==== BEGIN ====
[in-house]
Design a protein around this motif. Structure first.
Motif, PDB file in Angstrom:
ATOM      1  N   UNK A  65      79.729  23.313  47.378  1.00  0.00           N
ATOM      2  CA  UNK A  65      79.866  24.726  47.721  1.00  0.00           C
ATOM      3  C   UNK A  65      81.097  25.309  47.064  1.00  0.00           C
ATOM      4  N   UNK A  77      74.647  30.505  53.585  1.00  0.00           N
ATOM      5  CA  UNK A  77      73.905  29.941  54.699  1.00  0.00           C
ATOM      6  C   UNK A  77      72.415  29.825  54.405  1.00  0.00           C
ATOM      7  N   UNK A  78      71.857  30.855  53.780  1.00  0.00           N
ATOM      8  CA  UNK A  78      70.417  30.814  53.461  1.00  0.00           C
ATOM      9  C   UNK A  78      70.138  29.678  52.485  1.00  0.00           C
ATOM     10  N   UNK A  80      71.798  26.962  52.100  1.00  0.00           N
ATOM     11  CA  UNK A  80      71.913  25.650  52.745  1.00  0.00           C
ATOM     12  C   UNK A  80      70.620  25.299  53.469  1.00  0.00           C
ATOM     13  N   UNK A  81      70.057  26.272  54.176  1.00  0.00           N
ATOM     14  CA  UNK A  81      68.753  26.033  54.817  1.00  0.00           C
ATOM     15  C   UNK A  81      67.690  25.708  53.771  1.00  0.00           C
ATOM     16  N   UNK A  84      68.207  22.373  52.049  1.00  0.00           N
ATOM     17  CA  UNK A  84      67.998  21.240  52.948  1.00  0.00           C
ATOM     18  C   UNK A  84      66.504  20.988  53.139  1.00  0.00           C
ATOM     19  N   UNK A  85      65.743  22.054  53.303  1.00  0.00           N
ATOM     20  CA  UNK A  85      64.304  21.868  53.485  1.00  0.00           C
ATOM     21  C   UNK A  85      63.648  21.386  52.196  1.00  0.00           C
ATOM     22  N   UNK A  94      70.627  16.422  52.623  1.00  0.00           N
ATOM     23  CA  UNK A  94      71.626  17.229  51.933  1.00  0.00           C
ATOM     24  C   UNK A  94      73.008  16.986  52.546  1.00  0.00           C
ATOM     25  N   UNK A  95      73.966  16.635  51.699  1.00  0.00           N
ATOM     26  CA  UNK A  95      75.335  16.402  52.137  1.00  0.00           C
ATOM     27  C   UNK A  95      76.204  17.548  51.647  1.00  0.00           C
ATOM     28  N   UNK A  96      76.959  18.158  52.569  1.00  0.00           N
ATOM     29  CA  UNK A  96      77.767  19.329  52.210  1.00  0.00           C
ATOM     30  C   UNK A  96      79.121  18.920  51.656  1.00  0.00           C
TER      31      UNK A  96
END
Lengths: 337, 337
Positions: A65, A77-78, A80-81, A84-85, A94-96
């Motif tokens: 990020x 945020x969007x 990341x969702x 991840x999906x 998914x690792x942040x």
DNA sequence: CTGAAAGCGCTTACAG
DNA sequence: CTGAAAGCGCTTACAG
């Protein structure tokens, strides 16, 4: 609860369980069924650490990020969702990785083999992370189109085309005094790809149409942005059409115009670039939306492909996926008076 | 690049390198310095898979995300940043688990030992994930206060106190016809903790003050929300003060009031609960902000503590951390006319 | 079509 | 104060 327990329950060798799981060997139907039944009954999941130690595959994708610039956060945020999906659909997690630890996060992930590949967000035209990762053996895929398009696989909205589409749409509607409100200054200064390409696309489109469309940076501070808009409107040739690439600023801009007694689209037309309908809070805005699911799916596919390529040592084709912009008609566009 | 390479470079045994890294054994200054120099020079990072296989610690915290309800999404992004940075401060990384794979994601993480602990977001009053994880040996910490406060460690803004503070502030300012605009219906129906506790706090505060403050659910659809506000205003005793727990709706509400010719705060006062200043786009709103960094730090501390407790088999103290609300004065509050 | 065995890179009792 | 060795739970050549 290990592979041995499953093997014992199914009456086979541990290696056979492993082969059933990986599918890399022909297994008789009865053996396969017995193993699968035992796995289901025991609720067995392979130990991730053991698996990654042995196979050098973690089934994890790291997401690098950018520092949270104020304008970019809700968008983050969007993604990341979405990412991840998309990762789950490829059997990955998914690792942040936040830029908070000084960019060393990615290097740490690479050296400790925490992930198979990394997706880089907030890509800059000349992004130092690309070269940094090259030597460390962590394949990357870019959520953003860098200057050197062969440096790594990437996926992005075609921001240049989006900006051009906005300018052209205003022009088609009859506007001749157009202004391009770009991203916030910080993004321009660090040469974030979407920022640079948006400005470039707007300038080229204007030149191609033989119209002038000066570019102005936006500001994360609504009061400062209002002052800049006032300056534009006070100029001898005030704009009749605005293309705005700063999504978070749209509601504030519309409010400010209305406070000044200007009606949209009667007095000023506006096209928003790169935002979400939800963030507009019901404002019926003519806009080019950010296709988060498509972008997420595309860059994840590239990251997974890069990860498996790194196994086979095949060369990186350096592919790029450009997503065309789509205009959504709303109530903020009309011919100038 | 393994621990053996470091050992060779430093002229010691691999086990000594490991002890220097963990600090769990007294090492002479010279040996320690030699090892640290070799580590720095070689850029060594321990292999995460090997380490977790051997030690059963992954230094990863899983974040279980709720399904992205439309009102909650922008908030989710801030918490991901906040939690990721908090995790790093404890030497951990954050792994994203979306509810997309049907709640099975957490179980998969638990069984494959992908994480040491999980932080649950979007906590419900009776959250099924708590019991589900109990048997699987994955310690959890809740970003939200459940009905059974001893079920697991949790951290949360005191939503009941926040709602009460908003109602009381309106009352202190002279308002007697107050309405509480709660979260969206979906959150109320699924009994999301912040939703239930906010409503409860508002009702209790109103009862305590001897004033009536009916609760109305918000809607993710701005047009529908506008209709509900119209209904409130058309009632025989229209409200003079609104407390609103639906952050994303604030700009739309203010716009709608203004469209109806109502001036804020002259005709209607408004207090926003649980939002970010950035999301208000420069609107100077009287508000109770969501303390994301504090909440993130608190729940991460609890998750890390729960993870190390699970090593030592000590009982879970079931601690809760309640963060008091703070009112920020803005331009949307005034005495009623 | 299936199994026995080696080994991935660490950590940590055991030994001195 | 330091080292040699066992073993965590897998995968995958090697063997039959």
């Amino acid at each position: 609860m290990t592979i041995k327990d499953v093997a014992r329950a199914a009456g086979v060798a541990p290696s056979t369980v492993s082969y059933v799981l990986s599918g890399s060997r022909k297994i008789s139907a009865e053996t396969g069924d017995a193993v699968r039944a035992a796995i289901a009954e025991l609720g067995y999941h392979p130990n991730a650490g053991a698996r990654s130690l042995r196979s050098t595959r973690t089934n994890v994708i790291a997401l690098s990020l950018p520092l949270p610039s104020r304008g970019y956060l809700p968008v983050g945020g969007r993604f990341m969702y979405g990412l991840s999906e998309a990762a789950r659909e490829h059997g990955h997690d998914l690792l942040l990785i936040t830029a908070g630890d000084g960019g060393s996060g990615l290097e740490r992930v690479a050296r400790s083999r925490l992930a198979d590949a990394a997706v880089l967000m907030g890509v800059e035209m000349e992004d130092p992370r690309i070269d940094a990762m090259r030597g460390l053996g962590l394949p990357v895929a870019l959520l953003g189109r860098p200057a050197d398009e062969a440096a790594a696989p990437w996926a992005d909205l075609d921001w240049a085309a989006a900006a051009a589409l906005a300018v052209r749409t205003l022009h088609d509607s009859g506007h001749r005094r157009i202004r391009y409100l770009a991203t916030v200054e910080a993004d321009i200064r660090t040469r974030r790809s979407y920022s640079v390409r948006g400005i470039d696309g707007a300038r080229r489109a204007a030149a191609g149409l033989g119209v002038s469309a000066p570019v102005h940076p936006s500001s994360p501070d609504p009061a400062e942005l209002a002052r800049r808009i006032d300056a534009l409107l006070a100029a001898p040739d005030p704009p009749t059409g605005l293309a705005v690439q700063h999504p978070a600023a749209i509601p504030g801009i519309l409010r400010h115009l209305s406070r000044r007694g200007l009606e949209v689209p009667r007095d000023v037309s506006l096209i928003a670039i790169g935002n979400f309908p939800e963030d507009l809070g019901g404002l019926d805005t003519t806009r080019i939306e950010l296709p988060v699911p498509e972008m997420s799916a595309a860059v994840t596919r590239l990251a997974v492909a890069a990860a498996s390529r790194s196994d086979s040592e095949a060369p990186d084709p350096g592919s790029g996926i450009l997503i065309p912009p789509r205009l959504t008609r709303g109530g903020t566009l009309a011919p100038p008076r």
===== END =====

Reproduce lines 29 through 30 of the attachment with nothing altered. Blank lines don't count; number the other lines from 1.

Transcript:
ATOM     26  CA  UNK A  95      75.335  16.402  52.137  1.00  0.00           C
ATOM     27  C   UNK A  95      76.204  17.548  51.647  1.00  0.00           C